Chinese warplanes refueled in Iran en route to Turkey
ISTANBUL - Daily News with wires | 10/11/2010 12:00:00 AM |
Iran indirectly supported a secret military drill between the Turkish and Chinese air forces that took place in September, sparking concerns in the United States.
Iran indirectly supported a secret military drill between the Turkish and Chinese air forces that took place in September, sparking concerns in the United States, daily Hürriyet reported Monday.
The Turkish and Chinese air forces secretly participated in “Anatolian Eagle” war games in Konya, which two years ago involved Turkey’s fellow NATO members the United States and Italy, in addition to Israel.
Four drill-bound Chinese SU-27 warplanes that took off from bases in China refueled in Iran – the first time the Islamic Republic has ever allowed foreign warplanes to refuel at its airbases, the report said.
The Russian-made SU-27s used by the Chinese air force had to refuel in both Pakistan and Iran because of their limited 3,500-kilometer range.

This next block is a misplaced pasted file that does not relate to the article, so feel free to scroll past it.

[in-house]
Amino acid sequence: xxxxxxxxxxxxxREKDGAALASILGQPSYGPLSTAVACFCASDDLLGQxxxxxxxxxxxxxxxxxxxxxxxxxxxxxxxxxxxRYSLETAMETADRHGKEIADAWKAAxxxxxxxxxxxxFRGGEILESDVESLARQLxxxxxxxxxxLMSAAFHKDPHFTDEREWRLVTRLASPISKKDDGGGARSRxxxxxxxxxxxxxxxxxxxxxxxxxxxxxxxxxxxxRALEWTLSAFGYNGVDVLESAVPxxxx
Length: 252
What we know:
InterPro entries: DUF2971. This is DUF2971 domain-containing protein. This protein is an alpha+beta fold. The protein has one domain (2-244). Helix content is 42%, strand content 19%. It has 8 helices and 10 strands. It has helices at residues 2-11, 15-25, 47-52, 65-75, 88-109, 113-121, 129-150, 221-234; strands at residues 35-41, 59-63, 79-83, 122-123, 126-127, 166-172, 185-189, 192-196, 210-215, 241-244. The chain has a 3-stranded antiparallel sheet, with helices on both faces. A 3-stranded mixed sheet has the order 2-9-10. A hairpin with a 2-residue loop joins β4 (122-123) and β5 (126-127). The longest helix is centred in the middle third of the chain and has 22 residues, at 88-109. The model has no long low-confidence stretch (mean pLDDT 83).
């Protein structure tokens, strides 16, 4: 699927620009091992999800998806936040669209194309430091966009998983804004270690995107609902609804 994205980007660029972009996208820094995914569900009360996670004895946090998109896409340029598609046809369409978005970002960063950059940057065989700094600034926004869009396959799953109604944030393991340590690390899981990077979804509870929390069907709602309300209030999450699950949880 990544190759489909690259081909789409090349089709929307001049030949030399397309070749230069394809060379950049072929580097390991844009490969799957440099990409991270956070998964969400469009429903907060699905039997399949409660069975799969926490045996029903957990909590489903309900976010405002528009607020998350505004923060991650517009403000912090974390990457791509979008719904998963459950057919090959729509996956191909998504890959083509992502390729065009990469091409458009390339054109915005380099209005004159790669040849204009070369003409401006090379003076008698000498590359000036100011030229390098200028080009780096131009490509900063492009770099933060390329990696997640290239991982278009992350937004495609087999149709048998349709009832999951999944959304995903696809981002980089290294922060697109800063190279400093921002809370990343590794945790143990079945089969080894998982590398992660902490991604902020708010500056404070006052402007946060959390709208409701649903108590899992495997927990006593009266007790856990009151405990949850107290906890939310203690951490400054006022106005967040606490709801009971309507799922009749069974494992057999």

Official letters were sent to the two countries prior to the military drill requesting the use of airspace and passage and refueling privileges. The warplanes refueled a second time in Iran on their return to China.
The drill was conducted after two years of deliberations, the report said, adding that its sole purpose was to improve mutual cooperation between the two friendly countries.
Ankara excluded Tel Aviv from the 2009 war games, reportedly because of the political tensions that followed Israel’s invasion of Gaza in January 2009. The move prompted fellow NATO members the United States and Italy to withdraw from the drills and Turkey held them at the national level. The Turkish government then decided to freeze all military exercises with Israel in response to the killing of eight Turkish citizens and an American of Turkish descent by Israeli commandos aboard a Gaza-bound aid flotilla in May.
[HH] Memorandum from Washington received ahead of drill
Washington contacted Ankara ahead of the drill to express concerns over the planned use of F-16 warplanes in a military drill involving China – which the U.S. considers a possible threat.
"We expect you to honor the agreement article that requires the exercise of caution regarding the transfer of technology to third countries," the memorandum read.
American concerns were taken into consideration and F-16 fighters were replaced by older F-4 models in the exercises.